Herbed Mashed Potatoes with Boursin
|Herbed Mashed Potatoes with Boursin|
Instead of traveling, we are sticking close to home and working on our own turf. We have a 118-year-old carriage barn that needs some major attention. It's not a big barn - about the size of a garage - and it's rather charming, but it's old. I'd like to build a greenhouse on the back of it, but that might have to wait for another year. We'll see.
We're also involved in some inexpensive but time-consuming projects around the kitchen and other parts of the house. We're about a quarter through our to-do list: The book room is done, the new shower head is installed upstairs and the powder room has a new faucet. But when you have a house, especially a old house, the work is never done.
Traveling has made me extremely frugal around the house, especially in the kitchen. I keep thinking of the conversation I heard on Boulevard St. Michel two years ago. Two American women were talking about another family, when one said, "They live simply so they can travel more often."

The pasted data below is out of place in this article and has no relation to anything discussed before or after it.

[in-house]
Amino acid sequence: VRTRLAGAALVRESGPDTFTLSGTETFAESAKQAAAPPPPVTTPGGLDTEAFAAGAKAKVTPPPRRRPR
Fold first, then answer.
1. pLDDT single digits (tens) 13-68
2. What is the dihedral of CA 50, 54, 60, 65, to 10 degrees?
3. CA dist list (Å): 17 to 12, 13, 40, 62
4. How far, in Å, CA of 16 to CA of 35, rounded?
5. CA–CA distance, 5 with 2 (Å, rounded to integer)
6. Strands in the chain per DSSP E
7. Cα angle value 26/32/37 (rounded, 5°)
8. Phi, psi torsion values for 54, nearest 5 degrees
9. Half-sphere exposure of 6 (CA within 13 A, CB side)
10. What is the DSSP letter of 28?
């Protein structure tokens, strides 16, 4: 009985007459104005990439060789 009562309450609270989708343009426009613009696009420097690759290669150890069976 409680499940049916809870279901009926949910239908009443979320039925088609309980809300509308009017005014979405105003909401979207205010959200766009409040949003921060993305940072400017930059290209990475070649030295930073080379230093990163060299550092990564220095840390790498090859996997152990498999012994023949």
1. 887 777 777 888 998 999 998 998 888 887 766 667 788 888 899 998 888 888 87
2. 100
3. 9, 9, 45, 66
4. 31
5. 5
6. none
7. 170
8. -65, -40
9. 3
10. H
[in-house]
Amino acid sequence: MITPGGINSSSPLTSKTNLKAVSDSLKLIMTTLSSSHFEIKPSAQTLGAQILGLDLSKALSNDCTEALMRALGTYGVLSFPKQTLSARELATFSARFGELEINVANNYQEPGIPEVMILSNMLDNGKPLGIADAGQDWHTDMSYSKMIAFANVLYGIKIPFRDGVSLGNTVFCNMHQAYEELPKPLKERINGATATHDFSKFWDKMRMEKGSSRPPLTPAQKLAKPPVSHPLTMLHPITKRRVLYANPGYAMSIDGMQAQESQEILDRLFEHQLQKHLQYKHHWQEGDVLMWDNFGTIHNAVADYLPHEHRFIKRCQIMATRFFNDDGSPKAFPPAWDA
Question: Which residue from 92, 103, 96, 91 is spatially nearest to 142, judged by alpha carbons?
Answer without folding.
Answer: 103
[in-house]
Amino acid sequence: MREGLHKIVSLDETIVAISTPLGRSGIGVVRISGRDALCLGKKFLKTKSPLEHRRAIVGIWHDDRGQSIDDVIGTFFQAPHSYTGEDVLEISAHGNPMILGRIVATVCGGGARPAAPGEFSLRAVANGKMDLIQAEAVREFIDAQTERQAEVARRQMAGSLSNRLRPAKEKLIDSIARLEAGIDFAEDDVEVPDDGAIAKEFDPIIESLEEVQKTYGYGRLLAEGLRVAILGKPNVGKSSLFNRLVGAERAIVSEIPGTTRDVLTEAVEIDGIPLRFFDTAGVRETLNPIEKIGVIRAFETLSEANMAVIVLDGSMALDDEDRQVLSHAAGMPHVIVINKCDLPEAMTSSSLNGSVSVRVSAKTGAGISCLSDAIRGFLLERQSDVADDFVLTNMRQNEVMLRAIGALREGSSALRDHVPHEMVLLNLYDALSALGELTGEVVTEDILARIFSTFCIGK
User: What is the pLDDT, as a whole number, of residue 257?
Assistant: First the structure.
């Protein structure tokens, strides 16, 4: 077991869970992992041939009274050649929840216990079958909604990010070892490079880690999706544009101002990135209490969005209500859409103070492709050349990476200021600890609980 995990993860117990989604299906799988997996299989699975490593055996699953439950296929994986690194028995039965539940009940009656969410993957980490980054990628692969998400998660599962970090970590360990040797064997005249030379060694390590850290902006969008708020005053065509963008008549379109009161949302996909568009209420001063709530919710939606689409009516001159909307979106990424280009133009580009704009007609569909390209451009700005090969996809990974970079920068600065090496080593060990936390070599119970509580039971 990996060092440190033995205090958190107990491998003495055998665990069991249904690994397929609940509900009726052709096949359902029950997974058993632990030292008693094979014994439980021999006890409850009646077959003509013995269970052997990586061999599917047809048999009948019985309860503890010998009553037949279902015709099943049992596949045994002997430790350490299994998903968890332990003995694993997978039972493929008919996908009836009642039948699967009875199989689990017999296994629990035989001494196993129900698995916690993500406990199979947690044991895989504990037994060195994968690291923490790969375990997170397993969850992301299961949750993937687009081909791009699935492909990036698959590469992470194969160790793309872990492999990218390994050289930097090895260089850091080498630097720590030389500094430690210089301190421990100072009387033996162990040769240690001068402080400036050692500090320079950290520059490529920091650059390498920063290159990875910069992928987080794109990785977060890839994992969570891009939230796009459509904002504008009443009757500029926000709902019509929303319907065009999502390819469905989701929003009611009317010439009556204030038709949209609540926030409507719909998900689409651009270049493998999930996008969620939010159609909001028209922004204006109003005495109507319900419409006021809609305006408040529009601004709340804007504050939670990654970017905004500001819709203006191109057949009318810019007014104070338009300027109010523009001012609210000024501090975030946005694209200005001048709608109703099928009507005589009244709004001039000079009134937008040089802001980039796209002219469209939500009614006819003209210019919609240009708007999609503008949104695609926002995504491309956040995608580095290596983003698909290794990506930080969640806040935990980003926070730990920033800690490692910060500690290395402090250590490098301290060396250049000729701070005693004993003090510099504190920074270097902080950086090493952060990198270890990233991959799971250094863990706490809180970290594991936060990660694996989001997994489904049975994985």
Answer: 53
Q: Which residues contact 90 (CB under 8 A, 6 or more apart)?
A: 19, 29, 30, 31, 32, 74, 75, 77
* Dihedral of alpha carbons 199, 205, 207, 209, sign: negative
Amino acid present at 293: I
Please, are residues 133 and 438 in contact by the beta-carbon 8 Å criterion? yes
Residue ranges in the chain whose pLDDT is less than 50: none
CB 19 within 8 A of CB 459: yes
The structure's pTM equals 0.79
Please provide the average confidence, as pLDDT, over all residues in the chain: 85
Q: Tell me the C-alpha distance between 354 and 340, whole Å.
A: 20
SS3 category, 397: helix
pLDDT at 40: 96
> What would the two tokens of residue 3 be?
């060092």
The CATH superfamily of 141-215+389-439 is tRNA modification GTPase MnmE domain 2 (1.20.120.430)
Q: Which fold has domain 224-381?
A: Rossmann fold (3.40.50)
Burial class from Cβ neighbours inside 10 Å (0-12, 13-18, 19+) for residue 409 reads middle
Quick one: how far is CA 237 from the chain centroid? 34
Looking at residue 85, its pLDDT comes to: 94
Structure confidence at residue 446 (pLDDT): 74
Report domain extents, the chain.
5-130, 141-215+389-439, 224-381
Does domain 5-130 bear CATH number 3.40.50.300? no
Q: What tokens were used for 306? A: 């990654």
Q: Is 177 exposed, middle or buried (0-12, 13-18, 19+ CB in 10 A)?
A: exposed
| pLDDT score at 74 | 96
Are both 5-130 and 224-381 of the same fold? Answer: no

That's become my credo. So when I splurged on but did not finish a small package of Boursin, and then noticed I had some redskin potatoes to use up, I tried something new. New for us, that is.
It's "new" because when it comes to the basics, my husband is a purist. When he wants mashed potatoes, he wants potatoes, maybe a little milk or cream, and butter. I want onions, chives and parsley.
So I made this in advance, and gave Mr. Frenchtown Kitchen a taste before Saturday supper. He liked it! I served it with roasted chicken and green beans amandine.
Make-Ahead Mashed Potatoes with Boursin and Herbs
- 8-10 small to medium red potatoes
- 5.2-ounce package Boursin Cheese (I used shallot and chive flavored Boursin)
- 2 Tablespoons half and half
- 2 teaspoons fresh garlic chives, chopped
- dash dried or fresh parsley
- sash sea salt and freshly-ground pepper
Drain the potatoes. Mash with a hand-held potato masher, adding Boursin and half-and-half gradually. Next add chives, parsley and seasonings. You could certainly use a hand-held electric mixer or a whip (add more half-and-half) for really smooth potatoes, but I prefer a more rustic approach, something a bit chunkier so I used only a fork.
I covered my bowl, popped it in the refrigerator and reheated in the microwave when the chicken was finished roasting and the green beans were ready.
Sheer comfort food. Since we've had a cool and rainy week in northern Wisconsin, this comfort food really hit the spot.